Toxic PFAS Chemicals Found in Canada’s Food Packaging: Study

Scientific research confirmed some time ago that food packaging in the U.S.–especially fast food packaging–contained toxic PFAS chemicals* that leached into the food consumers eat.**  We reported a couple years back about evidence that Big Chemical companies DuPont and Daikin knew about the dangers of a PFAS chemical compound widely used in food packaging since 2010, but hid what they knew about the dangers from the public and the U.S. Food and Drug Administration (FDA). The FDA has been gathering data since 2022 to try and estimate how widespread the problem of toxic PFAS chemicals in food packaging is in the U.S.  Now, researchers have discovered toxic PFAS chemicals in Canadian food packaging as well–specifically water-and-grease repellent paper alternatives to plastic.

Study overview

Researchers collected 42 paper-based wrappers and bowls from fast-food restaurants in Toronto and tested them for total fluorine, an indicator of PFAS. They then completed a detailed analysis of eight of those samples with high levels of total fluorine. Fiber-based molded bowls, which are marketed as “compostable”, had PFAS levels three to 10 times higher than doughnut and pastry bags. PFAS are added to these bowls and bags as a water- and grease-repellent.

One PFAS chemical that is known to be toxic—6:2 FTOH (6:2 fluorotelomer alcohol)—was the most abundant compound detected in these samples. Other PFAS that were commonly found in all the Canadian fast-food packaging tested can transform into this compound, thereby adding to a consumer’s exposure to it. The scientists detected several PFAS for the first time in food packaging, showing how difficult it is to track the presence of this large family of compounds.

*PFAS chemicals (per- and polyfluoroalkyl substances) are toxic to humans, animals and the environment. They are comprised of approximately 12,000 compounds. They are ubiquitous in the U.S., appearing in thousands of consumer and industrial products and are typically used to make products resist water, stains and heat, including household products (like carpeting, curtains, furniture upholstery, waterproof and stain-resistant flooring, etc.), cooking supplies (including cooking utensils and bake ware), clothing, personal care products (like cosmetics, including waterproof mascara) and even food (PFAS appears in processed food packaging for humans and pets) and public drinking water (tap water) that affects an estimated 2 million Americans. PFAS chemicals are usually found in products labeled “stain-proof” and “waterproof”.  PFAS chemicals also appear in fire-fighting foam and other industrial products used at airports and military bases across the country, where the chemicals have leached into the groundwater. PFAS chemicals are known as “forever chemicals” because they do not readily break down in the environment or human body.  PFAS chemicals have been linked in scientific and medical studies to a variety of serious health conditions including cancer (including testicular cancers), kidney disease, heart disease, thyroid problems, reproductive problems, endocrine problems (PFAS has been found to disrupt hormonal functions with some research suggesting that the PFAS chemicals are linked to accelerated ovarian aging, period irregularities and ovarian disorders like polycystic ovarian syndrome) and liver problems. Some newer PFAS have been found to accumulate in organs, so in some cases, science simply cannot detect the toxic chemicals when testing for it in blood.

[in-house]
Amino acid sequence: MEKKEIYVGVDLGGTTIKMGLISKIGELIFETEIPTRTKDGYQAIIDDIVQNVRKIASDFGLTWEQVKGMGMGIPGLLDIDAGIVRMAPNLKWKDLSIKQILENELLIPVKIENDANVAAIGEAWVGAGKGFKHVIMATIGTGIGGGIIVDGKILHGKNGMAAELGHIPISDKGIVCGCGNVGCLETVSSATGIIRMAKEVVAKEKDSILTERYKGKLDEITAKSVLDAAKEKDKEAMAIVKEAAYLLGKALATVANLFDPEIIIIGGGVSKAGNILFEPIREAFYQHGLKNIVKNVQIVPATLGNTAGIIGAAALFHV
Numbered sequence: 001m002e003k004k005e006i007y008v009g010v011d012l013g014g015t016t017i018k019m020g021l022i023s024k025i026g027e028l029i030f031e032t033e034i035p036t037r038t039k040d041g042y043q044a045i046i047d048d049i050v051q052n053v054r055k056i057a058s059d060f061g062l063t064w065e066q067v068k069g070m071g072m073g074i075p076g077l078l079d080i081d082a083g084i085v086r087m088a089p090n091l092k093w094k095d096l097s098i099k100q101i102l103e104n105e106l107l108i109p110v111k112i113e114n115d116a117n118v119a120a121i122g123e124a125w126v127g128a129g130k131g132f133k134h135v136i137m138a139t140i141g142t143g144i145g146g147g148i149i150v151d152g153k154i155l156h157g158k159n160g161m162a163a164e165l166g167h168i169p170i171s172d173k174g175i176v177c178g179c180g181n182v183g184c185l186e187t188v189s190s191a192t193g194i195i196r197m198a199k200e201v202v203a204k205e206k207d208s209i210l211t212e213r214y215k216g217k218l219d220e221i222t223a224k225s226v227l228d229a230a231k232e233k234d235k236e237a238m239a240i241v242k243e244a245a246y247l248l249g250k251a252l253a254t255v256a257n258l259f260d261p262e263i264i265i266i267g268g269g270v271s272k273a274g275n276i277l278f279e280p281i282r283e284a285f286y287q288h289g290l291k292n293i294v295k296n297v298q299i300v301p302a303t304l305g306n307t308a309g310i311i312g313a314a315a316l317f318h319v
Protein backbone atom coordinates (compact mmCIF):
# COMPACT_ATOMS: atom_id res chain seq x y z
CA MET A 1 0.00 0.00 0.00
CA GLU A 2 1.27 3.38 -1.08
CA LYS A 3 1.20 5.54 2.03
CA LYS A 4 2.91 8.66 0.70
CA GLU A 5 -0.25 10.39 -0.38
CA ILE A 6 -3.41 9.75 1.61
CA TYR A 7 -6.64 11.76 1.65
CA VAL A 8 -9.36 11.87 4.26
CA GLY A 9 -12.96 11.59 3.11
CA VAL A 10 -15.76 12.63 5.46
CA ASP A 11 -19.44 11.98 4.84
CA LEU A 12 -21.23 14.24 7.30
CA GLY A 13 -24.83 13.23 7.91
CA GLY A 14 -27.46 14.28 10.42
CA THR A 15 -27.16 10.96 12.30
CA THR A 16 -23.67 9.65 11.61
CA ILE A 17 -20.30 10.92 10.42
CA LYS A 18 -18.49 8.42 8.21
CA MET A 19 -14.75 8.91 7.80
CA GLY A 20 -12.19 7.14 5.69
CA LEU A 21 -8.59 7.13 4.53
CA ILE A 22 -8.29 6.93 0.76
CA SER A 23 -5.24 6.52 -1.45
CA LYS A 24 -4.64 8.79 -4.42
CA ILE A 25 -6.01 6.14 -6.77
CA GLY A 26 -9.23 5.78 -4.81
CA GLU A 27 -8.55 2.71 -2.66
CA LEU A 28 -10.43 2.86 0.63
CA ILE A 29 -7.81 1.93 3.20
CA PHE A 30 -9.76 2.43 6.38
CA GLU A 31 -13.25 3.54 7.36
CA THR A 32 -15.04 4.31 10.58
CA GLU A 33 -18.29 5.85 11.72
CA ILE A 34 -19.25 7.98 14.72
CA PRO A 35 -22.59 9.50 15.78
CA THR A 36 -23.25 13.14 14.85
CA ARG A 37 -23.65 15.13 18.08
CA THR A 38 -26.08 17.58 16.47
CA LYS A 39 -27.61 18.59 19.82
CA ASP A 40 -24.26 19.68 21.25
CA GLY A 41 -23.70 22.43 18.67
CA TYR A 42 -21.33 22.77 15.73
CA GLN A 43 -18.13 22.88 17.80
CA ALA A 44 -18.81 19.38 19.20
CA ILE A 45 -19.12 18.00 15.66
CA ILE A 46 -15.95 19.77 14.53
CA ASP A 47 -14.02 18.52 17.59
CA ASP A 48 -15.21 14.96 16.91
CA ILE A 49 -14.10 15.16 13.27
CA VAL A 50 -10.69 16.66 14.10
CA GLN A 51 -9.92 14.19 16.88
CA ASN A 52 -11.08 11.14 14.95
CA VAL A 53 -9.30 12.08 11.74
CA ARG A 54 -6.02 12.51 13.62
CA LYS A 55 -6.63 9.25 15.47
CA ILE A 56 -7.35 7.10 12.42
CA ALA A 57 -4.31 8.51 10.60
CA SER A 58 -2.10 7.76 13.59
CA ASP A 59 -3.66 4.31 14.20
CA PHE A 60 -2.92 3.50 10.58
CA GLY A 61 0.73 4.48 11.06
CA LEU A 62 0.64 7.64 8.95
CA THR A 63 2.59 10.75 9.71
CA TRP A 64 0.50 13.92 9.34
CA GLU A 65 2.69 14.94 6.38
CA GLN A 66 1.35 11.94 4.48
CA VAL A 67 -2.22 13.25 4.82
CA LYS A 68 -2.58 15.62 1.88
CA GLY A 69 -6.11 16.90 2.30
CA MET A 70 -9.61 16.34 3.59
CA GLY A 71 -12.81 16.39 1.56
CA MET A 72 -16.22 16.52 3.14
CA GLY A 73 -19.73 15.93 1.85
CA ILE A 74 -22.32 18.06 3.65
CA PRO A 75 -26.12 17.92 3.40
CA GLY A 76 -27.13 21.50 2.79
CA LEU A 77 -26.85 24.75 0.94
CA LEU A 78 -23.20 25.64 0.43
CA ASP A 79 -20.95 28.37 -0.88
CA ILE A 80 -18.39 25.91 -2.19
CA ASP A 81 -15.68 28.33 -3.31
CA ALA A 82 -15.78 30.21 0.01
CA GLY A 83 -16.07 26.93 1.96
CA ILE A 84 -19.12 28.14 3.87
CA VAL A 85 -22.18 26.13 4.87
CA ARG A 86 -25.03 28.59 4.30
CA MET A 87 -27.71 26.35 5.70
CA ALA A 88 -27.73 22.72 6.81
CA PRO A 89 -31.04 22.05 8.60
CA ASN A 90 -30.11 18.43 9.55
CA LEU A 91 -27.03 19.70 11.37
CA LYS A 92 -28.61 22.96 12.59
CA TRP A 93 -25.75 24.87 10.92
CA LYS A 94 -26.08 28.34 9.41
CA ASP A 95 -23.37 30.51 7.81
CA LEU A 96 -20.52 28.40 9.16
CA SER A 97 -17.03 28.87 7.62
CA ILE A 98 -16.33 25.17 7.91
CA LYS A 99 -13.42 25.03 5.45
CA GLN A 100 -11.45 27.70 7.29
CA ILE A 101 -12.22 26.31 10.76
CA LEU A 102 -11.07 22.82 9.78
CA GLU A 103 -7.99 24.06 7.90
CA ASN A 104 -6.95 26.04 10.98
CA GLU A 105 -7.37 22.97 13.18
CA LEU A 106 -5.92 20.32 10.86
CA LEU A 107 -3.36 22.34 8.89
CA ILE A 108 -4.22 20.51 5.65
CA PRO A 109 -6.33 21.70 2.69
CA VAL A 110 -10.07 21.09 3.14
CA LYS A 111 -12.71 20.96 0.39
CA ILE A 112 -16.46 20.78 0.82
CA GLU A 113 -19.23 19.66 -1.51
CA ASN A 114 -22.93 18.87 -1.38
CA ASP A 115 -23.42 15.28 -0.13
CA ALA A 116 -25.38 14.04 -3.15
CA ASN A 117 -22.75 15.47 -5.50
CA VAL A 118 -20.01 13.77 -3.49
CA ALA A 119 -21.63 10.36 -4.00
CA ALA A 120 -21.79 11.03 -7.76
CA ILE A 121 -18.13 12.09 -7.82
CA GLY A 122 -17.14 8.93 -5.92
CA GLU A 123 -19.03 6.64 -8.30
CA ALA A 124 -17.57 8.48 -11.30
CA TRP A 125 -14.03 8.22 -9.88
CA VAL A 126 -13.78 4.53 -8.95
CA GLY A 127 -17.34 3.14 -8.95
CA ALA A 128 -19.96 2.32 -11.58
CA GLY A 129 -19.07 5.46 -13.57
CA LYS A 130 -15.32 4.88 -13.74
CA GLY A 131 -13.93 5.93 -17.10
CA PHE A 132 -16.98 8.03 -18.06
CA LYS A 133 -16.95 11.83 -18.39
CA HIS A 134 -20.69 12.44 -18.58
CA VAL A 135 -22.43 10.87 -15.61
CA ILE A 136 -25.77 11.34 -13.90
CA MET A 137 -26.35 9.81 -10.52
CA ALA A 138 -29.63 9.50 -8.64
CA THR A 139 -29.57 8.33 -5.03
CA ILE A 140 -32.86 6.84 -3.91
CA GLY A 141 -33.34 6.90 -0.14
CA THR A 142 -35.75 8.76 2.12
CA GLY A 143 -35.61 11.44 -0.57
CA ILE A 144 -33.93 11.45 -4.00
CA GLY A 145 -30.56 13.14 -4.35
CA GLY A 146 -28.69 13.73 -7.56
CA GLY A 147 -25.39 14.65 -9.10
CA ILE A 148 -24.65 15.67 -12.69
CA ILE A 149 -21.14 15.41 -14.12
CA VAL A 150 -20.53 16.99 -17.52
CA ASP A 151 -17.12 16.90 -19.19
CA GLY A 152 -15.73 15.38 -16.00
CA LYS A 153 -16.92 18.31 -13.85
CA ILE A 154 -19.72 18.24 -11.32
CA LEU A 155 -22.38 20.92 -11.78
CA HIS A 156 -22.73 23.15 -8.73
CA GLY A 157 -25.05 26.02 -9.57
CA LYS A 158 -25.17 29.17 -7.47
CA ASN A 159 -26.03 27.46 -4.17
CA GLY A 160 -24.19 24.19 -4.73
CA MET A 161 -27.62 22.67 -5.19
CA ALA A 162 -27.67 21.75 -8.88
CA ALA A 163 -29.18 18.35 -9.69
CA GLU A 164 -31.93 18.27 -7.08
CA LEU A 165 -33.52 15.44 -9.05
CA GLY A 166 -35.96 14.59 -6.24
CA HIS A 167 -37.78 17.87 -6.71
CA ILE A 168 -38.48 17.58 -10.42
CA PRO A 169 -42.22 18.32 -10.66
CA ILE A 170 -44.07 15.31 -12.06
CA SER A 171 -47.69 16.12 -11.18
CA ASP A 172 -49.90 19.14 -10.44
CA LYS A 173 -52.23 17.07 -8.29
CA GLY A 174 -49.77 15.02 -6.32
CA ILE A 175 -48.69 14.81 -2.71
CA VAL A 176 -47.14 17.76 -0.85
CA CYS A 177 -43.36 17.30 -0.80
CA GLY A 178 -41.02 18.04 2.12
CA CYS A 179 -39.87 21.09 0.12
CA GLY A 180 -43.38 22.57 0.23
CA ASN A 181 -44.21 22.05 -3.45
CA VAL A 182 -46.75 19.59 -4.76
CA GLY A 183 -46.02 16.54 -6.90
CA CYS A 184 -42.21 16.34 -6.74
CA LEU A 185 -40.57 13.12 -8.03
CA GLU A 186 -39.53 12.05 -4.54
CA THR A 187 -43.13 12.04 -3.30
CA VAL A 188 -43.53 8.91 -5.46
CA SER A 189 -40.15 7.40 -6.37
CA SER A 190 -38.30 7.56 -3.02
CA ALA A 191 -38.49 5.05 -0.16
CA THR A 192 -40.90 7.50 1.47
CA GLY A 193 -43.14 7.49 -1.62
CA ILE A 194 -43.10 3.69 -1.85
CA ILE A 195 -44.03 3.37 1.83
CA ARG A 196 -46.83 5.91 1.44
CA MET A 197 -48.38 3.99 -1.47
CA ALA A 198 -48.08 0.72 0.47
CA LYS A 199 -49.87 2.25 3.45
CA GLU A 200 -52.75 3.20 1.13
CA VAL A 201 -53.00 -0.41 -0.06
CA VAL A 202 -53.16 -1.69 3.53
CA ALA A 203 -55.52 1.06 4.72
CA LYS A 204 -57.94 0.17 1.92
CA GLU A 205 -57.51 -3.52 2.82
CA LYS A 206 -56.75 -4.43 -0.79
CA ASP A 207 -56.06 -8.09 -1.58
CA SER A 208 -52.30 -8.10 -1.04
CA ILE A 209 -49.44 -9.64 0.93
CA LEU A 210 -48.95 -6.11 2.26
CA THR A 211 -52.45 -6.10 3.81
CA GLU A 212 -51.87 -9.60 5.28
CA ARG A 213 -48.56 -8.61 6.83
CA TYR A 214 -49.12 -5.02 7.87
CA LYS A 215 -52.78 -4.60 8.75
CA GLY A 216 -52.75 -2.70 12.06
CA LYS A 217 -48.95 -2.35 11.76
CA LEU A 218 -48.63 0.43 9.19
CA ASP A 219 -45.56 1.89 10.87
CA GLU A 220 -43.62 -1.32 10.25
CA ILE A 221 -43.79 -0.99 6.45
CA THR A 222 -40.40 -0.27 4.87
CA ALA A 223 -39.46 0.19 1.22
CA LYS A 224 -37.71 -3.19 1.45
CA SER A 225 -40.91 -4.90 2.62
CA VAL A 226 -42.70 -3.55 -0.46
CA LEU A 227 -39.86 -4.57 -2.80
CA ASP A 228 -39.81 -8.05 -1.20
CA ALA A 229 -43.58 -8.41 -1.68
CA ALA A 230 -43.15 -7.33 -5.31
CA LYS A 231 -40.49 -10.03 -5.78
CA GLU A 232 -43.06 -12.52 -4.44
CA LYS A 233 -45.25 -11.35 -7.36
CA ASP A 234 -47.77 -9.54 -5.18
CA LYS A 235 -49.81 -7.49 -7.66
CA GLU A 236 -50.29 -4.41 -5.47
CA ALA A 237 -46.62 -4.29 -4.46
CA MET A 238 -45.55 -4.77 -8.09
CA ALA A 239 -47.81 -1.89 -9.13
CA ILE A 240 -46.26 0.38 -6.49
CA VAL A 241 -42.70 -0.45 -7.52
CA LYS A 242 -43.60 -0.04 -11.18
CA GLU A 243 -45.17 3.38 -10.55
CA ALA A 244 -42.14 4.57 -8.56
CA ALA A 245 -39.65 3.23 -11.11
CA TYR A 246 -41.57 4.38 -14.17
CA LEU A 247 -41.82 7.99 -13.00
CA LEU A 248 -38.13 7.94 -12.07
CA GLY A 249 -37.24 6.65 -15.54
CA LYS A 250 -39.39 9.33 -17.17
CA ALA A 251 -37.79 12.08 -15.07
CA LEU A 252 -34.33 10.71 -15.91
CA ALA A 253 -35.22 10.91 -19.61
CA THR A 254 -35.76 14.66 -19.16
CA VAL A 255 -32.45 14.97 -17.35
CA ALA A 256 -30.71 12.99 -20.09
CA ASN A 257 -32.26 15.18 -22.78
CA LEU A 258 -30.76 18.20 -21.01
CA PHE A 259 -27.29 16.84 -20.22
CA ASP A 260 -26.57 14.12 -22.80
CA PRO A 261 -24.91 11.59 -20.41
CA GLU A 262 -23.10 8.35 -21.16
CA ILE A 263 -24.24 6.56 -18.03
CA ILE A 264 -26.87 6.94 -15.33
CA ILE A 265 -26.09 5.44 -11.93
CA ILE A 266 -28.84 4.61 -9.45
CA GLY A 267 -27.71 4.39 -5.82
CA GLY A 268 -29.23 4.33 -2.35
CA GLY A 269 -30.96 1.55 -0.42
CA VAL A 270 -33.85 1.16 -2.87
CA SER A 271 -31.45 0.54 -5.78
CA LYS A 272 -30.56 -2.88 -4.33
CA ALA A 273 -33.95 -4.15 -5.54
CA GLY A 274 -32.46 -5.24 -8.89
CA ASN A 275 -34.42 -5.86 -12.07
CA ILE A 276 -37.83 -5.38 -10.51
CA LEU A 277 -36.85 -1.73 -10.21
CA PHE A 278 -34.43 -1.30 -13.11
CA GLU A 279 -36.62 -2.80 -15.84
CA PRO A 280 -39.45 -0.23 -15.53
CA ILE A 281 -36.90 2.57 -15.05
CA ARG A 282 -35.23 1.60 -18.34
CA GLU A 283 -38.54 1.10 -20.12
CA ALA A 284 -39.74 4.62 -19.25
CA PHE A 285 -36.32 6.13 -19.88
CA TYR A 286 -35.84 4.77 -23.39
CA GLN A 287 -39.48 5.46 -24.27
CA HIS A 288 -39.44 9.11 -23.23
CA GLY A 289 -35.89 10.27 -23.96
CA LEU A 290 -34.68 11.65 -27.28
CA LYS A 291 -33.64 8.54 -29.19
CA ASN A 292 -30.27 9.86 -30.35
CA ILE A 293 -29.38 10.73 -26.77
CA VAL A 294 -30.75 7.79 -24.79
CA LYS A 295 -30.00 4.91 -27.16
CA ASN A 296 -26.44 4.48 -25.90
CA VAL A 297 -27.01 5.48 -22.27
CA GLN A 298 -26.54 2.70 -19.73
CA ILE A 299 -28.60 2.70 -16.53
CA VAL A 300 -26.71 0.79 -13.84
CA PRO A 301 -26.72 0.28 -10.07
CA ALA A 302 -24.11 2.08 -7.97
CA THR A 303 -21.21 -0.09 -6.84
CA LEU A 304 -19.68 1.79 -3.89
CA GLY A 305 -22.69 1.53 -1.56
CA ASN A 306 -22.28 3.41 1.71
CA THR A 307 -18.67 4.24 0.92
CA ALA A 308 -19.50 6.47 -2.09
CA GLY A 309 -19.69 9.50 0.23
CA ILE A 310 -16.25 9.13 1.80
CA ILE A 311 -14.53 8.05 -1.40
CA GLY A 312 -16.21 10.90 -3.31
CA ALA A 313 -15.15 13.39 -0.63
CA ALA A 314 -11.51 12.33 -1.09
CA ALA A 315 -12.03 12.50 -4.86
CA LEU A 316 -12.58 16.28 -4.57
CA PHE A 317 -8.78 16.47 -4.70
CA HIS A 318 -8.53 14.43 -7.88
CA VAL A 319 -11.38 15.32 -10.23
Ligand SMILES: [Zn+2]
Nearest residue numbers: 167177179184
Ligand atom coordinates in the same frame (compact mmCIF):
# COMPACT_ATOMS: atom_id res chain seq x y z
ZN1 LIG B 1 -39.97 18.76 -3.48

**While nothing has been done at the federal level to ban PFAS from food containers, eleven U.S. states have banned PFAS from most food packaging, and two major restaurant chains (McDonalds and Wendys) to commit to becoming PFAS-free by 2025.

Also seeToxic PFAS chemicals used in packaging can end up in food, study finds

Journal reference: Schwartz-Narbonne, H., et al. Per- and Polyfluoroalkyl Substances in Canadian Fast Food Packaging. Environmental Science & Technology Letters, Publication Date: March 28, 2023.   DOI: 10.1021/acs.estlett.2c00926